Indian Court Reinstates Law Banning Gay Sex

Published: December 11, 2013

 NEW DELHI—India’s Supreme Court Wednesday overturned a lower court’s ruling that had decriminalized gay sex, a disappointing surprise setback for the gay-rights movement in this largely conservative country.

 
In 2009, the Delhi High Court ruled that a 19th-century provision in the country’s penal code that effectively banned gay sex should not apply to consensual acts.
 
On Wednesday, the Supreme Court rejected that decision, saying the old law was still constitutionally valid and could only be changed or erased by Parliament, not the courts.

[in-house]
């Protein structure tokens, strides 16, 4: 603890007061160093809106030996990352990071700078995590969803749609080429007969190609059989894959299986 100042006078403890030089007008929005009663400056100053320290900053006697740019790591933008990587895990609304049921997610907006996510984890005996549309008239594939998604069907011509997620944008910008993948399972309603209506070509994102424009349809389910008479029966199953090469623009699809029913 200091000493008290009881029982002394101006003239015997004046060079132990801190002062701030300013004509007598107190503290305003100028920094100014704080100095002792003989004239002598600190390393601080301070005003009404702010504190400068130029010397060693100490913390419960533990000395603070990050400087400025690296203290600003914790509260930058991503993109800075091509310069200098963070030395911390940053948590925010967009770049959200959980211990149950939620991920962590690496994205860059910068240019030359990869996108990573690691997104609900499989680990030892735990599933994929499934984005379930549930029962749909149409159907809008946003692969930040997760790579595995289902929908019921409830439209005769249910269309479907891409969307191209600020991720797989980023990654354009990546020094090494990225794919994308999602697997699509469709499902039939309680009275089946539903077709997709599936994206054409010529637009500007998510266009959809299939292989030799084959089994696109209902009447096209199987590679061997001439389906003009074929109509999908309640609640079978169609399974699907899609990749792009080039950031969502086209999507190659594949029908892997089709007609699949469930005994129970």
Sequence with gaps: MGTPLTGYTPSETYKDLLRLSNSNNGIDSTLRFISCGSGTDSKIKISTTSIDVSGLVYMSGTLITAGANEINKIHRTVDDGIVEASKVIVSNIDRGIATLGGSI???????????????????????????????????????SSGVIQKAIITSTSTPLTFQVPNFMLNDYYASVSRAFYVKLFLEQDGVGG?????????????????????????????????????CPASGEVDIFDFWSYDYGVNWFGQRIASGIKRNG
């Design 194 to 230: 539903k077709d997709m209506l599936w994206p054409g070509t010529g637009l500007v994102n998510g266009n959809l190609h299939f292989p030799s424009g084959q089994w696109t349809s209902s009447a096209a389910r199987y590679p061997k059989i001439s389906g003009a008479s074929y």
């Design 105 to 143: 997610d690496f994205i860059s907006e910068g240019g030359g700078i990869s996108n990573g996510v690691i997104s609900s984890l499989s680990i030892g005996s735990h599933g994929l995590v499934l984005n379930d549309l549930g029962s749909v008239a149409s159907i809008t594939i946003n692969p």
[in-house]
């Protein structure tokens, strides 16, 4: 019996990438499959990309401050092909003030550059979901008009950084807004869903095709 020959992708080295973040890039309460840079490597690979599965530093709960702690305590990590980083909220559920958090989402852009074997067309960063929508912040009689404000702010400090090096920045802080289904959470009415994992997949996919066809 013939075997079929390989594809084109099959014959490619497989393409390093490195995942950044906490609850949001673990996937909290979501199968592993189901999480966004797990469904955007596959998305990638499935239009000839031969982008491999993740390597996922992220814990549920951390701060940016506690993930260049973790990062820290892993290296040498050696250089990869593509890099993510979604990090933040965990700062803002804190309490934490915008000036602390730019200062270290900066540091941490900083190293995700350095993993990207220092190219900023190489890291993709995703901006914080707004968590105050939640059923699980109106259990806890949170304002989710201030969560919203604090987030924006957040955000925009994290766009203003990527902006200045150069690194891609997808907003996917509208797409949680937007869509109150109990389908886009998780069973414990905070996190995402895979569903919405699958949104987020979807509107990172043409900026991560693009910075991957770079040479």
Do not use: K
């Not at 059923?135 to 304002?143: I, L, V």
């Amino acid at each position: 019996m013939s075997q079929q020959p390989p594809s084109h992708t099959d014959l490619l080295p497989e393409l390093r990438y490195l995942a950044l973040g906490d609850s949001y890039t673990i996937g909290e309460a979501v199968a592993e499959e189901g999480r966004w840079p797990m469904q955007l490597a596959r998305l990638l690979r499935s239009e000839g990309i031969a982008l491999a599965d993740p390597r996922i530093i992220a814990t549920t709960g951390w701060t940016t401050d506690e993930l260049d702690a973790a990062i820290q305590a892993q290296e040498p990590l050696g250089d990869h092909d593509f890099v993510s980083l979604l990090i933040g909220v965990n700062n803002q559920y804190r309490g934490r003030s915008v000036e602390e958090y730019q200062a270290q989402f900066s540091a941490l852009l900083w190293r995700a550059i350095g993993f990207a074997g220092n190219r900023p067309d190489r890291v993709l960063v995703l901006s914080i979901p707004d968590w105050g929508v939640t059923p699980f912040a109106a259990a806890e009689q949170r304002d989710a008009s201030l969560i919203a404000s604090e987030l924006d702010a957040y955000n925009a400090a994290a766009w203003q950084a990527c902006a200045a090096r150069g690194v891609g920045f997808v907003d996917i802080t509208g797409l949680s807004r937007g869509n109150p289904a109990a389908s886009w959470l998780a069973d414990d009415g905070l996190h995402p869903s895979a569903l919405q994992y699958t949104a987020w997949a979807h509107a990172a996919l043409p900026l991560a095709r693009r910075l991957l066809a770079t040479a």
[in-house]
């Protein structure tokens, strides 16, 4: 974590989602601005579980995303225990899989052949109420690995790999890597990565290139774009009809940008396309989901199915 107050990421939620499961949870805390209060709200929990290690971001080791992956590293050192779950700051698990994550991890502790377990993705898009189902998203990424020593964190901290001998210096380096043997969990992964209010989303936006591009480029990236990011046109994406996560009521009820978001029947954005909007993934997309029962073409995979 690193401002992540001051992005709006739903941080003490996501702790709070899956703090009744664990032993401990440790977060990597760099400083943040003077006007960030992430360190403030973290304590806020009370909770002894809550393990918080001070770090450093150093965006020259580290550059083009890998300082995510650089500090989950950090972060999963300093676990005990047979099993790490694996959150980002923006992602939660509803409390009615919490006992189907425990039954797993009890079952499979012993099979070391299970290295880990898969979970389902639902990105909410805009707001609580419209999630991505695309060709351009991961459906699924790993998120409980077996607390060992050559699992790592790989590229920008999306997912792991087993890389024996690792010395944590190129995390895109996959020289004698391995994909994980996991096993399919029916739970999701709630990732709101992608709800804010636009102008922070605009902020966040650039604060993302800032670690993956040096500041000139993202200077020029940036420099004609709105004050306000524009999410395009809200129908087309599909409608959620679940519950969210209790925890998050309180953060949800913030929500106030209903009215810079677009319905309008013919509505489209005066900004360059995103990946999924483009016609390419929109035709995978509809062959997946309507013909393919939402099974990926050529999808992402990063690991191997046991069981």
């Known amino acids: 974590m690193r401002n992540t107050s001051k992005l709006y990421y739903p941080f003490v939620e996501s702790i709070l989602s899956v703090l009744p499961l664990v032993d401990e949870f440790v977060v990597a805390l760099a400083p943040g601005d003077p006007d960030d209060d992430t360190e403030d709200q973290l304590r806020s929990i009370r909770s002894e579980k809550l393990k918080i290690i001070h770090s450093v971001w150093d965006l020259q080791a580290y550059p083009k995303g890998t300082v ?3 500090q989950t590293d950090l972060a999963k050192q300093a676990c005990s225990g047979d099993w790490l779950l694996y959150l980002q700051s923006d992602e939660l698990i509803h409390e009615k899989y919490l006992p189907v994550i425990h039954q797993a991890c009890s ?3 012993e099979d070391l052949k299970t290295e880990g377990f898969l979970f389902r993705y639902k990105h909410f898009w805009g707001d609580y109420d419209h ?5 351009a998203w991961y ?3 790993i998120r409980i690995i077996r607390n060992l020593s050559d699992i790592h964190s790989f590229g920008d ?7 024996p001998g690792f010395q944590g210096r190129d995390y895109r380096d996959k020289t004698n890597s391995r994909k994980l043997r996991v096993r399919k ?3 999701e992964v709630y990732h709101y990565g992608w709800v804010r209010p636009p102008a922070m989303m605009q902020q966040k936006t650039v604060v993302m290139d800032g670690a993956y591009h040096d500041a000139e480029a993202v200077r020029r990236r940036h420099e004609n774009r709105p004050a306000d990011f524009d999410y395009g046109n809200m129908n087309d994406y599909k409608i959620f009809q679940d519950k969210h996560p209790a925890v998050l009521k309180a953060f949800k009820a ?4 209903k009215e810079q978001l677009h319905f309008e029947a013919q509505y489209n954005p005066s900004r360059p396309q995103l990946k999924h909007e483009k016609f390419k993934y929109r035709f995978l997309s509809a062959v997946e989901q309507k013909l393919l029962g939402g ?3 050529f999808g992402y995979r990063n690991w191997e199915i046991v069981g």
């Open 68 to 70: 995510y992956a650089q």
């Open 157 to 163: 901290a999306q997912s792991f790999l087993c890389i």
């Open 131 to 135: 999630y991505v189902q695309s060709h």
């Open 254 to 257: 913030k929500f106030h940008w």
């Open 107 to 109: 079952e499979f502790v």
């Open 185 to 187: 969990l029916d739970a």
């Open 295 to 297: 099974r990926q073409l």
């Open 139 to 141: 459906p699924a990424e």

Rights groups say the law—known as Section 377 for its place in a 150-year-old Indian penal code—had been used for decades to harass homosexuals.
 
“We hold that Section 377 IPC does not suffer from the vice of unconstitutionality and the declaration made by the Division Bench of the High court is legally unsustainable,” the two supreme-court judges who presided over the case said in their 98-page judgment, released late Wednesday.
 
People across India were shocked by the decision. Most legal experts and activists had expected the country’s highest court to uphold the landmark decision, which had been seen as a crucial first step in empowering India’s gay community.
 
“I think this is a dark day for the constitution,” said Gautam Bhan, a gay-rights activist and Delhi-based urban planner who came to India’s Supreme Court on Wednesday expecting to celebrate. “Never before has a Supreme Court taken away an expansion of rights to Indian citizens and reversed a move toward inclusion.”
 
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